Are PARCC, SBAC, and Common Core State Standards Initiatives the DOE’s SuperPAC?

It’s a surprise to me to find myself writing in agreement with something coming out of the Pioneer Institute, but their “The Road to a National Curriculum: The Legal Aspects of the Common Core Standards, Race to the Top, and Conditional Waivers” is the first comprehensive piece of scholarship I’ve found that examines the legal nuance of the RtTT effort and compares it to both the letter and the spirit of federal law. The entire white paper (by Robert S. Eitel and Kent D. Talbert with contributions from Williamson M. Evers) is worth a read.

I realize not everyone has the free time to sit and consume a white paper, so I’ll highlight some salient points:

With only minor exceptions, the General Education Provisions Act (“GEPA”), the Department of Education Organization Act (“DEOA”), and the ESEA, as amended by the No Child Left Behind Act of 2001 (“NCLB”), ban federal departments and agencies from directing, supervising, or
controlling elementary and secondary school curriculum, programs of instruction, and instructional materials.

And while RtTT and NCLB waivers don’t explicitly direct, supervise, or control curriculum, programs of instruction, and instructional materials; it’s hard to imagine either isn’t attempting to do so using the levers of financial aid or reprieves from NCLB sanctions.

Eitel, Talbert, and Evers point out:

Thus, rather than permitting state and local authorities to use standards and assessments that uniquely fit a given state as required by the  ESEA, the Race to the Top Assessment Program requires each state in the consortium to use common standards across the respective states of the consortium. The result is that the Race to the Top Assessment Program moves states away from standards and assessments unique to a given state and into a new system of common standards and assessments across the consortia states.

Again, this isn’t the expressed purpose of these moves, but it does appear to be the desired effect.

Regarding the PARCC and SBAC consortia established to draw up RtTT-required assessments, the authors write:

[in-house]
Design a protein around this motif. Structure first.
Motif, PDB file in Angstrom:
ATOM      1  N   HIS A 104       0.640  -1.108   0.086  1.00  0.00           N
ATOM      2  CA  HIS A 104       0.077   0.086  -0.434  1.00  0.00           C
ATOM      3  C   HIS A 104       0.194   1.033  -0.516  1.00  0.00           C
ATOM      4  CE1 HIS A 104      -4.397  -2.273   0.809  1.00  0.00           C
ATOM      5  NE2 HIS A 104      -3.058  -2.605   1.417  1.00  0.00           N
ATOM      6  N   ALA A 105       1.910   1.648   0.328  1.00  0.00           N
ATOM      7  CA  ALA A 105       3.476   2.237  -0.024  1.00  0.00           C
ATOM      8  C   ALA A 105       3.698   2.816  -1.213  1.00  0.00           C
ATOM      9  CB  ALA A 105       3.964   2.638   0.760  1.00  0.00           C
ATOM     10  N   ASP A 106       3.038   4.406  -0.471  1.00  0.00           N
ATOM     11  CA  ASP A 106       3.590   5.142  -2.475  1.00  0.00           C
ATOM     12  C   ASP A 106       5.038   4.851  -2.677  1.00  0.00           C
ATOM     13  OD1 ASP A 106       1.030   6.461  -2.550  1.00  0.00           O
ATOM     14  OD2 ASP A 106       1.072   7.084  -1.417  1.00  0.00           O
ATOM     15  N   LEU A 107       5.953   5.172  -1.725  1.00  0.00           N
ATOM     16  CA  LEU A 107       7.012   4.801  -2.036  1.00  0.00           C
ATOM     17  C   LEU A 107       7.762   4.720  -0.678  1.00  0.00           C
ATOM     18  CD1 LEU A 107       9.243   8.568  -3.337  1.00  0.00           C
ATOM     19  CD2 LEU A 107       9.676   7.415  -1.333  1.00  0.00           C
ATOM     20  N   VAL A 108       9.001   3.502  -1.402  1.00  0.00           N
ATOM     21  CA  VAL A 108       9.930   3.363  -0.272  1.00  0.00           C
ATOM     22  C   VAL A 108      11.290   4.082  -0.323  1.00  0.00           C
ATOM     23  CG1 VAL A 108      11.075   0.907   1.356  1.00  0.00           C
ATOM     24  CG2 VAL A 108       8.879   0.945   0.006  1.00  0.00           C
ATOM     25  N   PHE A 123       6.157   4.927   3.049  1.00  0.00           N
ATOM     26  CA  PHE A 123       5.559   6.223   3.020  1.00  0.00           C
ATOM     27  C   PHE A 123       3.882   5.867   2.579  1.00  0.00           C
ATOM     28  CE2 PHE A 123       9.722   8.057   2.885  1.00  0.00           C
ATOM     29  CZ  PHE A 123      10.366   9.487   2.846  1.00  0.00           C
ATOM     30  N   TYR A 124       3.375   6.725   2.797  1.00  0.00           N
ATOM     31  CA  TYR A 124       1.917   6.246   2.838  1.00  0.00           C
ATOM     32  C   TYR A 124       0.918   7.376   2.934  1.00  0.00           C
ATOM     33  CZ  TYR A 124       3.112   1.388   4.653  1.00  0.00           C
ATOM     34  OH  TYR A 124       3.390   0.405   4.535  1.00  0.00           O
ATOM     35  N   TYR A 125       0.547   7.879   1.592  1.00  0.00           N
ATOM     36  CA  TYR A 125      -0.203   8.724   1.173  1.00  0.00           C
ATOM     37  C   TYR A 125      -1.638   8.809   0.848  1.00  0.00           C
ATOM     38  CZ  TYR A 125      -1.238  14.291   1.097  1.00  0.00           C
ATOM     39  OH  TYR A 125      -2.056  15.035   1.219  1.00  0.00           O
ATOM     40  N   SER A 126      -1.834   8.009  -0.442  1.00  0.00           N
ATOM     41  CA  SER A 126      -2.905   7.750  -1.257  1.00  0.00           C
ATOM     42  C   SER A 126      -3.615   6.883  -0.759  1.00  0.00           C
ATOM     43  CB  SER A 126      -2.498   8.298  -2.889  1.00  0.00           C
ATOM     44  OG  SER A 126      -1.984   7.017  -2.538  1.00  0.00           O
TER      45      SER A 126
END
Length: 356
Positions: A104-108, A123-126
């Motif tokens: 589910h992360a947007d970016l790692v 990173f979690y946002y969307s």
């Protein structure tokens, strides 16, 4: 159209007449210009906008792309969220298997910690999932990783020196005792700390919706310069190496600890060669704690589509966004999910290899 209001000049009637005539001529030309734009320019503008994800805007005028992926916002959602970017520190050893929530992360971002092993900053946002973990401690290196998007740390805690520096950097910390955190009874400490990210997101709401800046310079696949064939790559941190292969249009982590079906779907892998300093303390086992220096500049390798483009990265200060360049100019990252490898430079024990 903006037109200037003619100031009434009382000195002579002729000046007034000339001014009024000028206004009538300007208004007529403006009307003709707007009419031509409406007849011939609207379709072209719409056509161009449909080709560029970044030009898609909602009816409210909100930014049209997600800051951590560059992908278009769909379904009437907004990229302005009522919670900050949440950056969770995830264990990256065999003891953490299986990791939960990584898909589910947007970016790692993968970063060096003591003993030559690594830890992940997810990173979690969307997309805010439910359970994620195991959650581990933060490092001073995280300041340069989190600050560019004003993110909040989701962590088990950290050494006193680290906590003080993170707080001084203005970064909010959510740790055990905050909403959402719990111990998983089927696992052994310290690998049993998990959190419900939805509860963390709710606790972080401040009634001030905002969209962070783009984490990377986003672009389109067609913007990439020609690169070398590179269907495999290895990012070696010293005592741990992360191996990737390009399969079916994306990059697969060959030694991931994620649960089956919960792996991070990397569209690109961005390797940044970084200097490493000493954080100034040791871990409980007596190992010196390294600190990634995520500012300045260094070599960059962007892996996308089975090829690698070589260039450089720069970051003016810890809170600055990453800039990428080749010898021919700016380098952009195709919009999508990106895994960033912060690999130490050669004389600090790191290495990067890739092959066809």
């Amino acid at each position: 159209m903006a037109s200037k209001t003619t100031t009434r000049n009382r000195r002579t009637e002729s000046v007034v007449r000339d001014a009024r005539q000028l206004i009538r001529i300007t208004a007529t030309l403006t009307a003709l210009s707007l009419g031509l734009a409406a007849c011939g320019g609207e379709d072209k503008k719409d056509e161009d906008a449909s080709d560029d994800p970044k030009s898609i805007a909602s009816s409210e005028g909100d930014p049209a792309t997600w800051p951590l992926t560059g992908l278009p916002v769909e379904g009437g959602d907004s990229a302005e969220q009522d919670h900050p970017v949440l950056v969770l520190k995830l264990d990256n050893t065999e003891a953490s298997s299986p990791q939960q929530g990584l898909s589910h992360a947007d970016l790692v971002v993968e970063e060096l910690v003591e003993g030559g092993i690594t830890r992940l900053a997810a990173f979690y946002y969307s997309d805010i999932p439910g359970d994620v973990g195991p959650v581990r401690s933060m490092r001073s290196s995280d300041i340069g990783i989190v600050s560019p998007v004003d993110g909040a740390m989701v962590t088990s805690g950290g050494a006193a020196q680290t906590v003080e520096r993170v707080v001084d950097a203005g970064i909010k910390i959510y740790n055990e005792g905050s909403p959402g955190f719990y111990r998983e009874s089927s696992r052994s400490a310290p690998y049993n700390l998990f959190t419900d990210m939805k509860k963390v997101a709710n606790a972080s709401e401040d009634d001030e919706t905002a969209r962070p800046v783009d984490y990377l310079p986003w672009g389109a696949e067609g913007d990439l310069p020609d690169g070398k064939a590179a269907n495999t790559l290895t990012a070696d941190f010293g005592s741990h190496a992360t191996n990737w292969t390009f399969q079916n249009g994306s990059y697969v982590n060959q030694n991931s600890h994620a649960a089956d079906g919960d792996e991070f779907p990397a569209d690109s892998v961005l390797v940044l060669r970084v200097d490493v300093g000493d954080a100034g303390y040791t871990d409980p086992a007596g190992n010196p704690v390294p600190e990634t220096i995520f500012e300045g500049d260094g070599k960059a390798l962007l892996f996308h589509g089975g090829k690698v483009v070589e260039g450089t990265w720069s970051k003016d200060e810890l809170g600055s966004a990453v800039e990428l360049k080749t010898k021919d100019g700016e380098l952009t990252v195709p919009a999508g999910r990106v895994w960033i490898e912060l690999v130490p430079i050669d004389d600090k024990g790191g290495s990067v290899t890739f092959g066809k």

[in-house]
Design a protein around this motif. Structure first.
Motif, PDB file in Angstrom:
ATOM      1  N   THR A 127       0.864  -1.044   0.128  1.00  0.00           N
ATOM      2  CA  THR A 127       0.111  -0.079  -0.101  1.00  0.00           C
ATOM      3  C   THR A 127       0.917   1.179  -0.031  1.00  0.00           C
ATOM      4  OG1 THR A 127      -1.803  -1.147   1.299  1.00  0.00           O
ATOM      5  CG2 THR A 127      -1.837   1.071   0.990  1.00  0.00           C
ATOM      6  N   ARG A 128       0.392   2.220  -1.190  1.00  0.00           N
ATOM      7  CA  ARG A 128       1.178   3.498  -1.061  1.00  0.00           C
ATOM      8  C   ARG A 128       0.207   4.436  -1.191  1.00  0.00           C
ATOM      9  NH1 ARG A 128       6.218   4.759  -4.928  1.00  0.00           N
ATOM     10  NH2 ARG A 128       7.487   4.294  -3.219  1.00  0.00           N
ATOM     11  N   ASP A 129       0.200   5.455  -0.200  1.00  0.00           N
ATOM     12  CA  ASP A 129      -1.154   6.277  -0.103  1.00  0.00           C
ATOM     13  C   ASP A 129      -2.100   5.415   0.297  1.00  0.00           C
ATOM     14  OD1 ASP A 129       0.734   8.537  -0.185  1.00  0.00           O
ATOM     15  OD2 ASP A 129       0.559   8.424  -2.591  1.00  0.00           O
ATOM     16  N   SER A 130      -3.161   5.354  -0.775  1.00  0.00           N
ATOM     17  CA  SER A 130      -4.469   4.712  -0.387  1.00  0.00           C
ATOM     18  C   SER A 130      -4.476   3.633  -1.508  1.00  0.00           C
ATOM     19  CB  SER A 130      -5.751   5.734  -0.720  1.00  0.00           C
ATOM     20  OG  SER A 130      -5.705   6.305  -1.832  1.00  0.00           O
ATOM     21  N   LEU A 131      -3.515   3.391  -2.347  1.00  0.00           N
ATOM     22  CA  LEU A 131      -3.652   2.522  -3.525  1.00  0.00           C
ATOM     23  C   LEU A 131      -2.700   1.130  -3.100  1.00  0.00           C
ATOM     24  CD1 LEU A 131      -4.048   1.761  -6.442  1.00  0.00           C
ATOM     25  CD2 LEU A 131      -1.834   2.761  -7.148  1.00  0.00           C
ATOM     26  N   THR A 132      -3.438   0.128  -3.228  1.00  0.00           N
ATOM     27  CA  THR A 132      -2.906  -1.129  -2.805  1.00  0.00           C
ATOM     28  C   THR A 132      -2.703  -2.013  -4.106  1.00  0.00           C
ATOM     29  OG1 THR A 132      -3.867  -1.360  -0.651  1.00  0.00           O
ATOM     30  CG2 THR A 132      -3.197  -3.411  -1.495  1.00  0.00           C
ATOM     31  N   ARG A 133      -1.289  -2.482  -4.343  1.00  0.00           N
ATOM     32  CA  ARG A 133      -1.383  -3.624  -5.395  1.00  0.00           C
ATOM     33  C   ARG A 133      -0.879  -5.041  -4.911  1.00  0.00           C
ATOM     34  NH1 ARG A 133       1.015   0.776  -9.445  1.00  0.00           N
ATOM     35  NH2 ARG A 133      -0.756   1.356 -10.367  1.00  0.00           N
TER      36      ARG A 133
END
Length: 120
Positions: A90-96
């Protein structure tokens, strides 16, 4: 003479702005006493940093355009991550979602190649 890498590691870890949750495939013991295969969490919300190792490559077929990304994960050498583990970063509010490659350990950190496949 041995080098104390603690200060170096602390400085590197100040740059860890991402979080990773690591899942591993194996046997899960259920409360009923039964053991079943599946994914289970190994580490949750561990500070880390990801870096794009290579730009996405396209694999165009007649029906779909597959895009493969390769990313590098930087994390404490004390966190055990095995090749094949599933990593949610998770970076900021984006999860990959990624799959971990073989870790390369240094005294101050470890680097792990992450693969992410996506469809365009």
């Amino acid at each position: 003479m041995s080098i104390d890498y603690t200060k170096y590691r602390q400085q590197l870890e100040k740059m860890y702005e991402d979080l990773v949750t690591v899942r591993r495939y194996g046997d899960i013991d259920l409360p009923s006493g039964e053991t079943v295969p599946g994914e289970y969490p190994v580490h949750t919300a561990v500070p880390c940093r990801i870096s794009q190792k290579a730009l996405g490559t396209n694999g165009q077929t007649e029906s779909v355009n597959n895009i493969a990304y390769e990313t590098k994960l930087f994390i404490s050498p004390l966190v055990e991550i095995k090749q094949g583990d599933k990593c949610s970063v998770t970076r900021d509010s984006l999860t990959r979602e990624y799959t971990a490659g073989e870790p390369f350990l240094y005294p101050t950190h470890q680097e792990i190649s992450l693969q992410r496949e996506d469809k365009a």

These PARCC and SBAC supplemental funding materials, together with recent actions taken by the Department concerning ESEA waiver
requirements, have placed the agency on a road that will certainly cause it to cross the line of statutory prohibitions against federal direction, supervision or control of curriculum and instructional materials – upsetting the federal system.


With conditions that mimic important elements of Race to the Top’s ingredients, the Conditional NCLB Waiver Plan will result in the  Department leveraging the states into a de facto long-term national system of curriculum, programs of instruction, and instructional materials, notwithstanding the absence of legal authority in the ESEA.

The conceit of the argument is that the Department of Ed has implemented these programs and made money available to those who applied. What, specifically, groups like PARCC, SBAC, and CCSSI do with that money after it’s passed on is out of DOE control. If they want to implement a national curriculum, national standards, and national assessments, well bully for them. If each of those pieces happens to be exactly in line with what the DOE would like to see happen but is banned by federal law from doing, all the better.

The result is an education policy SuperPAC that acts in the grey area of the law – aligned with the letter, but in clear opposition of the spirit.

My annotated version of the white paper is here.


Things I Know 237 of 365: The DoE is circumventing democracy

We have to educate our way to a better economy.

– Sec. Arne Duncan

In the latest round of circumventing the United States Congress, the U.S. Department of Education rolled out a new competition Friday that mirrors the cock fight tactics of Race to the Top.

In competing for a portion of $185 million in funding, states will have to show their colleges’ teacher preparation programs graduate teachers whose students score well on state testing. They’ll also need to tighten up teacher licensing requirements and kill off poor performing teacher preparation programs.